Oniontown Pastoral: A Time in Germany

Oniontown Pastoral: A Time in Germany

When wife Kathy and I traveled to Berlin in March, my old wristwatch went with us. This was risky, as the second hand had broken free from its post. My digital Timex Ironman would have been the logical choice, but there was something poetic about a second hand napping as if in a hammock slung between 5 and 7. Anyway, it served faithfully for decades and deserved one cushy foreign assignment before its retirement.

Kathy and I had been in the land of oompah bands and lederhosen—we encountered neither—for less than a week when I determined that Deutschland was more foreign to my watch than to me, the greatest distance between Germany and Pennsylvania being Central European Time’s five-hour lead on Eastern Standard Time. The human condition “auf Deutsch” and “in English” is about the same.

German round bales, looking like those in Oniontown, though stacked differently

Bare branches against a German sky

Bare branches against a Pennsylvania sky

Of course, appearances insist otherwise. For example, scads of Berliners dress in solid black: fedoras, scarves, leather jackets, dungarees and boots, all black. A citizen strolling down Oniontown Road so attired would draw glances, while in the German capital you could go a whole afternoon without seeing America’s color “du jour,” pink.

And holy skinny cow! The percentage of Germans who look undernourished roughly corresponds to Americans like me who ought to give their forks a rest.

Other trifles jump out. Unsweetened iced tea, my go-to beverage, is practically anathema. Pharmacies sell medicine, never cosmetics and school supplies.

The most curious difference between the Federal Republic of Germany and the United States of America may be each country’s cemeteries. In 2010 Stars and Stripes reported what our friend and host Claudia explained to us: “Under German law families lease grave sites for a specific period of time, usually 15 to 30 years. And, if a family is unable or unavailable to renew the lease, the grave’s contents are removed and the grave site reverts to state ownership and may be reused.”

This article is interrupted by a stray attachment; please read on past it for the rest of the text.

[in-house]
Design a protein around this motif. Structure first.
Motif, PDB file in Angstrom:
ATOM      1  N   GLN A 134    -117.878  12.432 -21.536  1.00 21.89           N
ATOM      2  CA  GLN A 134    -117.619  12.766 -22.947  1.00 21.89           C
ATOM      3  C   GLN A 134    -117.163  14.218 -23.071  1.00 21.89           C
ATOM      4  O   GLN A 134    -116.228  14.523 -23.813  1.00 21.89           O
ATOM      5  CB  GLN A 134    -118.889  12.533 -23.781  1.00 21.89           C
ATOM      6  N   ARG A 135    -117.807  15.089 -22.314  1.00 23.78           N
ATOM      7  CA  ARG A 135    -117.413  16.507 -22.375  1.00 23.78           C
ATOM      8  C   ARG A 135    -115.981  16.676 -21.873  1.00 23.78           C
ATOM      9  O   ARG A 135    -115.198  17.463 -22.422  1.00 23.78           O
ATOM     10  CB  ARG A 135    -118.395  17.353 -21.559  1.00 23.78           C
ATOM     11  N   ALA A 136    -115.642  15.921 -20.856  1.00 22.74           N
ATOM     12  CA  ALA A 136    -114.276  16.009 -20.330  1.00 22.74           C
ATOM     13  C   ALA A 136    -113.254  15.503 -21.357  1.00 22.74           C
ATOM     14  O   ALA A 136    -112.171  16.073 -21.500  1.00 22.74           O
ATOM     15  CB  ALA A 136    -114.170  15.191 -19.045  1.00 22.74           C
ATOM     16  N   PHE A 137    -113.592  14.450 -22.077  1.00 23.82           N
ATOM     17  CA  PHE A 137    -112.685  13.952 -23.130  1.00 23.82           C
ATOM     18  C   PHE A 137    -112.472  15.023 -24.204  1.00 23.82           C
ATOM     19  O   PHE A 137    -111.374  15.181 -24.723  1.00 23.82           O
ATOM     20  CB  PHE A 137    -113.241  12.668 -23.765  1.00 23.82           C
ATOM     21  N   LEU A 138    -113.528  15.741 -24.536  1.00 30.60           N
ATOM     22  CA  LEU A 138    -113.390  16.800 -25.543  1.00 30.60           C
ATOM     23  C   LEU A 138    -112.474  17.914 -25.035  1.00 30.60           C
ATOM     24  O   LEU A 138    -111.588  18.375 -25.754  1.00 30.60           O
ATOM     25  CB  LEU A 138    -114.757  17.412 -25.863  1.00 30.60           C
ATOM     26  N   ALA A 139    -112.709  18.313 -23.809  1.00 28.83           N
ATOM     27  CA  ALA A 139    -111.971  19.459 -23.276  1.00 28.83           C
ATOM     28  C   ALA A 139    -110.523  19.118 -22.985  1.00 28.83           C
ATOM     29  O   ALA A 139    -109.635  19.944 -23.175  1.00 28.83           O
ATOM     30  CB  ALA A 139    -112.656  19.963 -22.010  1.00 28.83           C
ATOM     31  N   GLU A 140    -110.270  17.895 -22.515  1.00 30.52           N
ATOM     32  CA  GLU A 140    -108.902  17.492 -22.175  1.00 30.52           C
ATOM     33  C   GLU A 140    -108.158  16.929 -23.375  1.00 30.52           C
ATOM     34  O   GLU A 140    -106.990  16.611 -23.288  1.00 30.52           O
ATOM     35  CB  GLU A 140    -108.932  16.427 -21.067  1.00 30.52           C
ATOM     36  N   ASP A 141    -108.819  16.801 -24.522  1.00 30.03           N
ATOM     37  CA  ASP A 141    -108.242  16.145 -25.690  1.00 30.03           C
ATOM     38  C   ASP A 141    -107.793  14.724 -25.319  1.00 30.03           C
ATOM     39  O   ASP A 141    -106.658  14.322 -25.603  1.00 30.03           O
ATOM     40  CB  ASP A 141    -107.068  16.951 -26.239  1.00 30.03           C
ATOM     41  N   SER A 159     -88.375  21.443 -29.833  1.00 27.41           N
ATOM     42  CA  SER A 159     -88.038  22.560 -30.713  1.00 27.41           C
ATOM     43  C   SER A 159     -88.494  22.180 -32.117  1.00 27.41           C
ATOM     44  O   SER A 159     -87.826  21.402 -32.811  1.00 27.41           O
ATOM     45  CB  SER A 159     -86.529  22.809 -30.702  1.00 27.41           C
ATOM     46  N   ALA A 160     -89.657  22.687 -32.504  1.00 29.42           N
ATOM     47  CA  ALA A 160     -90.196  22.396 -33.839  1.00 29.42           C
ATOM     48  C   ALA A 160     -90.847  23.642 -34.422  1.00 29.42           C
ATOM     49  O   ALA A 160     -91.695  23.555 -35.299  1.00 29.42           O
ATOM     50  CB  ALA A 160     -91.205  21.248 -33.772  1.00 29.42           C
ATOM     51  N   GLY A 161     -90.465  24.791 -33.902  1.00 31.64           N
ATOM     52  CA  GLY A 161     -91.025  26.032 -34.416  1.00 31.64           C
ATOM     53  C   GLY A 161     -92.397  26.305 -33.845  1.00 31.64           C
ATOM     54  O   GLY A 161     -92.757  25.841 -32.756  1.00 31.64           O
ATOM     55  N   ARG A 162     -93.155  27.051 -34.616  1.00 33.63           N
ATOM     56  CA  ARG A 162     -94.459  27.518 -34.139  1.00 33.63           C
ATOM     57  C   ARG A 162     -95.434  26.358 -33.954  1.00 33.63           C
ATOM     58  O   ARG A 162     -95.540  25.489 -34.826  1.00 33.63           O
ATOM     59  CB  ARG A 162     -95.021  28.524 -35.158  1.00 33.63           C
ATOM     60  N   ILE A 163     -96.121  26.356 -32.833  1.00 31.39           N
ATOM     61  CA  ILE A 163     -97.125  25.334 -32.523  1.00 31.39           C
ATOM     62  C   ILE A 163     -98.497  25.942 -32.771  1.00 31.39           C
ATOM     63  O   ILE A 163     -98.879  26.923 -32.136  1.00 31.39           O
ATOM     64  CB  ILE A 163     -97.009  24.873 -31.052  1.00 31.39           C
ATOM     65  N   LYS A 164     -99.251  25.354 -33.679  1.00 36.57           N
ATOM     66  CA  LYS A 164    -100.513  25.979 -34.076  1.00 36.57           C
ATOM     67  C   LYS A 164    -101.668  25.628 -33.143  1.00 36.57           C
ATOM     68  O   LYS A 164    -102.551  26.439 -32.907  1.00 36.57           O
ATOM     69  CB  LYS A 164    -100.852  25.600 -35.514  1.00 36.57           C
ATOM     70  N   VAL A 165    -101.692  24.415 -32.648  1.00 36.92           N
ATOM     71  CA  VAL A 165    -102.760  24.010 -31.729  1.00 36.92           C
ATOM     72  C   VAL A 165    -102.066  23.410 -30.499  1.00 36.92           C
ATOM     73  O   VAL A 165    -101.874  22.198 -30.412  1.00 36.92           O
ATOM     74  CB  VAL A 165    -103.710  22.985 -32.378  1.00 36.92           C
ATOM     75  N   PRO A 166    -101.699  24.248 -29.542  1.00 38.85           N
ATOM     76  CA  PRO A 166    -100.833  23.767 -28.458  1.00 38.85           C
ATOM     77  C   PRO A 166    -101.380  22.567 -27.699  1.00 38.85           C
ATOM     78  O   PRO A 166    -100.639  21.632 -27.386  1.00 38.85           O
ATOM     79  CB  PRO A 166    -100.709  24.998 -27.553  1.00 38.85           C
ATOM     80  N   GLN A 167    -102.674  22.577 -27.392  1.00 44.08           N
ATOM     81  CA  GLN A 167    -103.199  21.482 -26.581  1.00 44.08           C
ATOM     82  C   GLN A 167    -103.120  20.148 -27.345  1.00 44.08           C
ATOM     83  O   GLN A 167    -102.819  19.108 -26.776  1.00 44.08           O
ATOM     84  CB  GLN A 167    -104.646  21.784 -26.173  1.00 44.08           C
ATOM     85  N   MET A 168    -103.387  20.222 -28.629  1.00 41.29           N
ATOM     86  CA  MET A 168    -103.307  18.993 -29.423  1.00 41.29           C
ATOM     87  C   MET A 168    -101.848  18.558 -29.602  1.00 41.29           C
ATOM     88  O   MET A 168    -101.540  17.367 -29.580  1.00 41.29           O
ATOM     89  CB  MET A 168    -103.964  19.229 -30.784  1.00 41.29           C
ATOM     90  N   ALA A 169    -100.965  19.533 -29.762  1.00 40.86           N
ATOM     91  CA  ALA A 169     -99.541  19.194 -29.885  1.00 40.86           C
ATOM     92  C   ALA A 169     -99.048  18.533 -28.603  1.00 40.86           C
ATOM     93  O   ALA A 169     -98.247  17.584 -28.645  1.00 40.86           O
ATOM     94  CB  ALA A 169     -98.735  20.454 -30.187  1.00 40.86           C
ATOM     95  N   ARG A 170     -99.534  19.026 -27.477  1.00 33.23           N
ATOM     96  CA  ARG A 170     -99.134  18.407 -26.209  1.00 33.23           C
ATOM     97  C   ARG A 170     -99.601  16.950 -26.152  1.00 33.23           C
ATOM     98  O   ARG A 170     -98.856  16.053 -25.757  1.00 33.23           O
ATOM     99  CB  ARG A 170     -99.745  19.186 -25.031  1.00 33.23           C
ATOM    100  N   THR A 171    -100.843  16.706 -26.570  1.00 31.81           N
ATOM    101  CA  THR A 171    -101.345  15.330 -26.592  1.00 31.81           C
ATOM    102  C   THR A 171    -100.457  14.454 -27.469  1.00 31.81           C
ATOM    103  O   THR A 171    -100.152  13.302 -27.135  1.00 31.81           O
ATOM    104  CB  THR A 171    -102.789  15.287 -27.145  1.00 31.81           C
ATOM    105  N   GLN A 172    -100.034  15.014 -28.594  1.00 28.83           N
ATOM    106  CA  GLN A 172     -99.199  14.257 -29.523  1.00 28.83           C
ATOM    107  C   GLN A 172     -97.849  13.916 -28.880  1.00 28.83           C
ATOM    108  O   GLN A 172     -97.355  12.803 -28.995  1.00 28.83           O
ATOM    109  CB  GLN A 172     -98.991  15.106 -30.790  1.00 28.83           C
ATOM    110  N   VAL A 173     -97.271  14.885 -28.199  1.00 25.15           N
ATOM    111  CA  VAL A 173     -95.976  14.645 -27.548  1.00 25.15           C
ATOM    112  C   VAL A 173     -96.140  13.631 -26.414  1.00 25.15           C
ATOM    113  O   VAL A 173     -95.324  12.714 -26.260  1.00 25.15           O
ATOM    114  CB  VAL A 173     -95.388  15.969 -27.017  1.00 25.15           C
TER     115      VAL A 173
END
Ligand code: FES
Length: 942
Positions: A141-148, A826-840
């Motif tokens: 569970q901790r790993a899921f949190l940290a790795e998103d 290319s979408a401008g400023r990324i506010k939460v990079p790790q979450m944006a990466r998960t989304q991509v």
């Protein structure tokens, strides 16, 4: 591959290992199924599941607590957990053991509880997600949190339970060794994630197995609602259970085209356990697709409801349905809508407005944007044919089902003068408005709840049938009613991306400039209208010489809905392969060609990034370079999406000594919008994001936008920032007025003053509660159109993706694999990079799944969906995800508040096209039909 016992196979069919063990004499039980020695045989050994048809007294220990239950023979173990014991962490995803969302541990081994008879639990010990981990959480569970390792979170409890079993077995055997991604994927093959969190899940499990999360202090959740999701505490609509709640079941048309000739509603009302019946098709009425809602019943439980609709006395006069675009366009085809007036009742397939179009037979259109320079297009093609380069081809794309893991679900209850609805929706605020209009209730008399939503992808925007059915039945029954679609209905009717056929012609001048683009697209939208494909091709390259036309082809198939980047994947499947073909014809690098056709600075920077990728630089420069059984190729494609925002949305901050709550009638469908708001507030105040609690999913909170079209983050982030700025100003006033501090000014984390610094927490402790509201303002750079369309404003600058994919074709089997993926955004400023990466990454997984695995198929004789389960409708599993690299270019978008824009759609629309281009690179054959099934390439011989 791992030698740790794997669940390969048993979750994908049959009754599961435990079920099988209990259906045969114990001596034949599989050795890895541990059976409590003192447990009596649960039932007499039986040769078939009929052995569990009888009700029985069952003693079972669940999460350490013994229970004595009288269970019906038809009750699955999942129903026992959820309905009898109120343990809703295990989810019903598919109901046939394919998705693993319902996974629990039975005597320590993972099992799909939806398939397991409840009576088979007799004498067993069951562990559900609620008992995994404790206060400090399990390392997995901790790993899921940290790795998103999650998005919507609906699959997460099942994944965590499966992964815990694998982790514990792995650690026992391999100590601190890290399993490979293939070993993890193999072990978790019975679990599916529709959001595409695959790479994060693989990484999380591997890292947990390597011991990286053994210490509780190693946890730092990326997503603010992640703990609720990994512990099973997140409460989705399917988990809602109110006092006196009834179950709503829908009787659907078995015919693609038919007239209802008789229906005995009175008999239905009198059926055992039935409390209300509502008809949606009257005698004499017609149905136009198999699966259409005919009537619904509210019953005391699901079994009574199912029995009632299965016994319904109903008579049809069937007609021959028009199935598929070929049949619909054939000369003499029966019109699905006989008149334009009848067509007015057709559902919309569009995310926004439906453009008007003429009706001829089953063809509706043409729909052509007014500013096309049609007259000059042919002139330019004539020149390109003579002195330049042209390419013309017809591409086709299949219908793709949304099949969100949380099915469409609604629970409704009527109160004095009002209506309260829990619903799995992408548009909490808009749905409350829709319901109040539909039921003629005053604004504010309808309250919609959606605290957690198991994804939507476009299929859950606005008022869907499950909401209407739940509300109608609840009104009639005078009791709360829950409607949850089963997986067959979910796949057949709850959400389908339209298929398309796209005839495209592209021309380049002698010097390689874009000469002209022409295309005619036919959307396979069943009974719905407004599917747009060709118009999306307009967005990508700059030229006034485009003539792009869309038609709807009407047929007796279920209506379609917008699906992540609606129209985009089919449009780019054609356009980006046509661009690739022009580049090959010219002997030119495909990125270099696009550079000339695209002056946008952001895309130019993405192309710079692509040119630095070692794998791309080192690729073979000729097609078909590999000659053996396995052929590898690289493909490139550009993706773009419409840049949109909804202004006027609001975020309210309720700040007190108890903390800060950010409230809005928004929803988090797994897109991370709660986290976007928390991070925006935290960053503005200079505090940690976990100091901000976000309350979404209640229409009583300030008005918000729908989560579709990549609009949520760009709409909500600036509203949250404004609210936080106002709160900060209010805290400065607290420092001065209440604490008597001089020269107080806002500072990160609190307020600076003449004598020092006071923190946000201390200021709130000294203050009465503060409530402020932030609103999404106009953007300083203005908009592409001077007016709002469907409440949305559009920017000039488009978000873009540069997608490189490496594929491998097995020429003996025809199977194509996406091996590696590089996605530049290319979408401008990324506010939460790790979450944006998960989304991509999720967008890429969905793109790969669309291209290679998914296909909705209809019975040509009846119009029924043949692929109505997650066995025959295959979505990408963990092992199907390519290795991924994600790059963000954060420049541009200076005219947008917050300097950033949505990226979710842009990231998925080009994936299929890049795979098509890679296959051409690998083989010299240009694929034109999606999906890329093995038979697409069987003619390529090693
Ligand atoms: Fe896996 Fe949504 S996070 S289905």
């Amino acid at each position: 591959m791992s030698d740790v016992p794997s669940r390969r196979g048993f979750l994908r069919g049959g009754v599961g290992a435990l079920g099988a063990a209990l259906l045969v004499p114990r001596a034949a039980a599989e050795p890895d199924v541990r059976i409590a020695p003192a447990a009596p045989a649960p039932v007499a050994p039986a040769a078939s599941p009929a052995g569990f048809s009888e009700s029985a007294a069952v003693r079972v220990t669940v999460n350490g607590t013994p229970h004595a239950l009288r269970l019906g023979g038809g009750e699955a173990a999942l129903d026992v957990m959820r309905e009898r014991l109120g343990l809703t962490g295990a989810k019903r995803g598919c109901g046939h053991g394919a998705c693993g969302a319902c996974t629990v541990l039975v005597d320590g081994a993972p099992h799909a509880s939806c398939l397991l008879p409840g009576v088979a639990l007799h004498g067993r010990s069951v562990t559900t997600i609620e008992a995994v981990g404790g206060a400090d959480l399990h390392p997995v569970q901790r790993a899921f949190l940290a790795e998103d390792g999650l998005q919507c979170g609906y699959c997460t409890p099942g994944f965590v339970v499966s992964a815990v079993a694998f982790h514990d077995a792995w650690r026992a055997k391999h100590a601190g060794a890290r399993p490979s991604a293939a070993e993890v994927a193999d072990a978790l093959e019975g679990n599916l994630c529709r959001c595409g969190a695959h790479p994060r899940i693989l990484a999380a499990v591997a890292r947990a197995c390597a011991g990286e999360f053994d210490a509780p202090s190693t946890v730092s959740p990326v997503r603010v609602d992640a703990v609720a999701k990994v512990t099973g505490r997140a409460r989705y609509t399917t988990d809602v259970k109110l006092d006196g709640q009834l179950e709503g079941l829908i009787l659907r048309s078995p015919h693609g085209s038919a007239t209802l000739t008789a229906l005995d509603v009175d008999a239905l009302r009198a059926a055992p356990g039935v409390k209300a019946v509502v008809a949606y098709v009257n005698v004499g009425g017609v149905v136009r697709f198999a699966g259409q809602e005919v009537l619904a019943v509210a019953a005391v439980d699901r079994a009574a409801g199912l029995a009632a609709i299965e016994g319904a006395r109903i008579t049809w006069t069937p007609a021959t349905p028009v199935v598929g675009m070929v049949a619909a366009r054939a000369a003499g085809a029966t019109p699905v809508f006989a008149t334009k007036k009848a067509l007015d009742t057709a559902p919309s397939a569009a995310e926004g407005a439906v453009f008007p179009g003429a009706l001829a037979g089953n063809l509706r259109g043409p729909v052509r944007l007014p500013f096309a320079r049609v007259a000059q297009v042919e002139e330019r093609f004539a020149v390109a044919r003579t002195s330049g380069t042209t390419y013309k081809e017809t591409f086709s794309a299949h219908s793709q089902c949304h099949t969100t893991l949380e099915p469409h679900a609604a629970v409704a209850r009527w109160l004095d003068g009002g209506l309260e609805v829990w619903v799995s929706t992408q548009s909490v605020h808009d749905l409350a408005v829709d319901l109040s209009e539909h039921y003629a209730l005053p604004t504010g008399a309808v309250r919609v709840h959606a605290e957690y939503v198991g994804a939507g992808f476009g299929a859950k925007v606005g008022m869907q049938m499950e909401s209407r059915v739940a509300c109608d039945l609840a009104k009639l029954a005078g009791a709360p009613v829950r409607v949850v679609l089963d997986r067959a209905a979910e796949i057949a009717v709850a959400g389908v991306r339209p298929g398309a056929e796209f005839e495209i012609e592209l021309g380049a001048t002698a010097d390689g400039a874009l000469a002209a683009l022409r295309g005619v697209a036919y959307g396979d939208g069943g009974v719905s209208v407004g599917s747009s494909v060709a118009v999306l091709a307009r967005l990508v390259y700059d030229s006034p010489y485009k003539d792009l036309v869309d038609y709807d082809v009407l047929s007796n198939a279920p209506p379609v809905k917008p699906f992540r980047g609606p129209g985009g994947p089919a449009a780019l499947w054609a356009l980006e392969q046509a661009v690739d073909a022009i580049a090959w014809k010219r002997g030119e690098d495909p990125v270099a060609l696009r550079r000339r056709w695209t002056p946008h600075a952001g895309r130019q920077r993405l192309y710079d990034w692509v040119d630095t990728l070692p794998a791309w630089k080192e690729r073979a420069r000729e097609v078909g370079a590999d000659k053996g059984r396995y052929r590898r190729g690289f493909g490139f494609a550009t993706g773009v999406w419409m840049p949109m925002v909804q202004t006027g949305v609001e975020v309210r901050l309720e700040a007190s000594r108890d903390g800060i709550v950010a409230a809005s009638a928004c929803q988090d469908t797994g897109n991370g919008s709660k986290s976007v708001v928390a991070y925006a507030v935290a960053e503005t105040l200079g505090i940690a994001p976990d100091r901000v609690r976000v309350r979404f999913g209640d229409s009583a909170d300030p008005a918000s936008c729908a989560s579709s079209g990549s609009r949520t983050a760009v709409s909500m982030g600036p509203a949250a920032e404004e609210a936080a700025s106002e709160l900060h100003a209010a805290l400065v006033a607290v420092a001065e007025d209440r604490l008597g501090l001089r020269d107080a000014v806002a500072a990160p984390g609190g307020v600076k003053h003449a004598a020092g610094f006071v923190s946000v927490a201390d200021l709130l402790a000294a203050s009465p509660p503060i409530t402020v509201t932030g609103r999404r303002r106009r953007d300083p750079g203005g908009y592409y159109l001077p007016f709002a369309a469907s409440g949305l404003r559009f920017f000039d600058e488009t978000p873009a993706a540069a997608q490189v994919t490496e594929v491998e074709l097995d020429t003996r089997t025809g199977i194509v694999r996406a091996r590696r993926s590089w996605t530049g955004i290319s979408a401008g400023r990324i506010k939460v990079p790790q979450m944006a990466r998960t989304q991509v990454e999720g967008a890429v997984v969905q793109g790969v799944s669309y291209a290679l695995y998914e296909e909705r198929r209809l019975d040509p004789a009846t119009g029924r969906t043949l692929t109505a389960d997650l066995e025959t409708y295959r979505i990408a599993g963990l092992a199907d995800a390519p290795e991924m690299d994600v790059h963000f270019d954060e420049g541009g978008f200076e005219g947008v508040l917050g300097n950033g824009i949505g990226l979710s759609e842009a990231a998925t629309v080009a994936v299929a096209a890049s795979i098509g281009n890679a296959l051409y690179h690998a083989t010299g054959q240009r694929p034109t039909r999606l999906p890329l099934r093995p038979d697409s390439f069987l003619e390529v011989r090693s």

Tombstones over a century old are rare—which was disappointing news. Kathy and I wanted to visit the grave of Johann Specht, my great-great-great-great grandfather who was born in 1767, but contented ourselves with following narrow roads to Gross Köthel, the village where he abided his 66 years. We also checked out Schröedershof, birthplace of my great-great-great grandmother Magdalena Peters Specht in 1816. She immigrated to the U.S. and died in North East, Pennsylvania, about 15 minutes from my front stoop.

Out looking for Magdalena

Soon I’ll look for Magdalena’s resting place, but I won’t be wearing my old watch. The minute hand has now fallen off, which doesn’t count for much when you’re musing about ancestors, but here in the present, a quarter of an hour either way matters.

I’ve decided to hang the languishing timepiece on the wall beside my desk as a reminder of Germany.

Standing in the places my great-greats called home and wondering at crumbling stone buildings that they might have known, I didn’t cry or even get choked up. Still, these villages felt vaguely familiar, as if presences who have always loved me patted my hand, like my mother did when I was worried.